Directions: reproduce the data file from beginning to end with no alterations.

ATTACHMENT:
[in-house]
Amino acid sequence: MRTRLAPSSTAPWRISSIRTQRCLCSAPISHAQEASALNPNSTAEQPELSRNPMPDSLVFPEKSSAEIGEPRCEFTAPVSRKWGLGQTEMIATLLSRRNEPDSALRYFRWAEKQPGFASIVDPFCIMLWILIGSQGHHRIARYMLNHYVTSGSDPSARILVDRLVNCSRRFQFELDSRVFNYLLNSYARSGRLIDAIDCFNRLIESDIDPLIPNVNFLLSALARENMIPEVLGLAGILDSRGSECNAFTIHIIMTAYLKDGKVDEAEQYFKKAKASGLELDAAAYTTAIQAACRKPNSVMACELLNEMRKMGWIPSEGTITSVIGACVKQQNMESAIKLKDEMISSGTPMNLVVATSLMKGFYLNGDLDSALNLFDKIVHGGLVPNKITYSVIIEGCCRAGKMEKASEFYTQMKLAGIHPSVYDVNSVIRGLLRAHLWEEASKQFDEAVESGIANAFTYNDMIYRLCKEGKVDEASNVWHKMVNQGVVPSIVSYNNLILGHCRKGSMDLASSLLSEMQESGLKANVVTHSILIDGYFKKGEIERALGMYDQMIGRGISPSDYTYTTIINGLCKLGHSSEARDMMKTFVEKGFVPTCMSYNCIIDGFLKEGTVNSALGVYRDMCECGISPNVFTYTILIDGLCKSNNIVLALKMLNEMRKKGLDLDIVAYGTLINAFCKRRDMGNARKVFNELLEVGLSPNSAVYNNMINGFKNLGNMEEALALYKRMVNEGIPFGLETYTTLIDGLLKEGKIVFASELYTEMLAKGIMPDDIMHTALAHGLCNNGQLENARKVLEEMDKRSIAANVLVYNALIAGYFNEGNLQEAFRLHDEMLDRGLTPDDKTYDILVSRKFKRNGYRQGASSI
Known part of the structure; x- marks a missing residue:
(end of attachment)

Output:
[in-house]
Amino acid sequence: MRTRLAPSSTAPWRISSIRTQRCLCSAPISHAQEASALNPNSTAEQPELSRNPMPDSLVFPEKSSAEIGEPRCEFTAPVSRKWGLGQTEMIATLLSRRNEPDSALRYFRWAEKQPGFASIVDPFCIMLWILIGSQGHHRIARYMLNHYVTSGSDPSARILVDRLVNCSRRFQFELDSRVFNYLLNSYARSGRLIDAIDCFNRLIESDIDPLIPNVNFLLSALARENMIPEVLGLAGILDSRGSECNAFTIHIIMTAYLKDGKVDEAEQYFKKAKASGLELDAAAYTTAIQAACRKPNSVMACELLNEMRKMGWIPSEGTITSVIGACVKQQNMESAIKLKDEMISSGTPMNLVVATSLMKGFYLNGDLDSALNLFDKIVHGGLVPNKITYSVIIEGCCRAGKMEKASEFYTQMKLAGIHPSVYDVNSVIRGLLRAHLWEEASKQFDEAVESGIANAFTYNDMIYRLCKEGKVDEASNVWHKMVNQGVVPSIVSYNNLILGHCRKGSMDLASSLLSEMQESGLKANVVTHSILIDGYFKKGEIERALGMYDQMIGRGISPSDYTYTTIINGLCKLGHSSEARDMMKTFVEKGFVPTCMSYNCIIDGFLKEGTVNSALGVYRDMCECGISPNVFTYTILIDGLCKSNNIVLALKMLNEMRKKGLDLDIVAYGTLINAFCKRRDMGNARKVFNELLEVGLSPNSAVYNNMINGFKNLGNMEEALALYKRMVNEGIPFGLETYTTLIDGLLKEGKIVFASELYTEMLAKGIMPDDIMHTALAHGLCNNGQLENARKVLEEMDKRSIAANVLVYNALIAGYFNEGNLQEAFRLHDEMLDRGLTPDDKTYDILVSRKFKRNGYRQGASSI
Known part of the structure; x- marks a missing residue: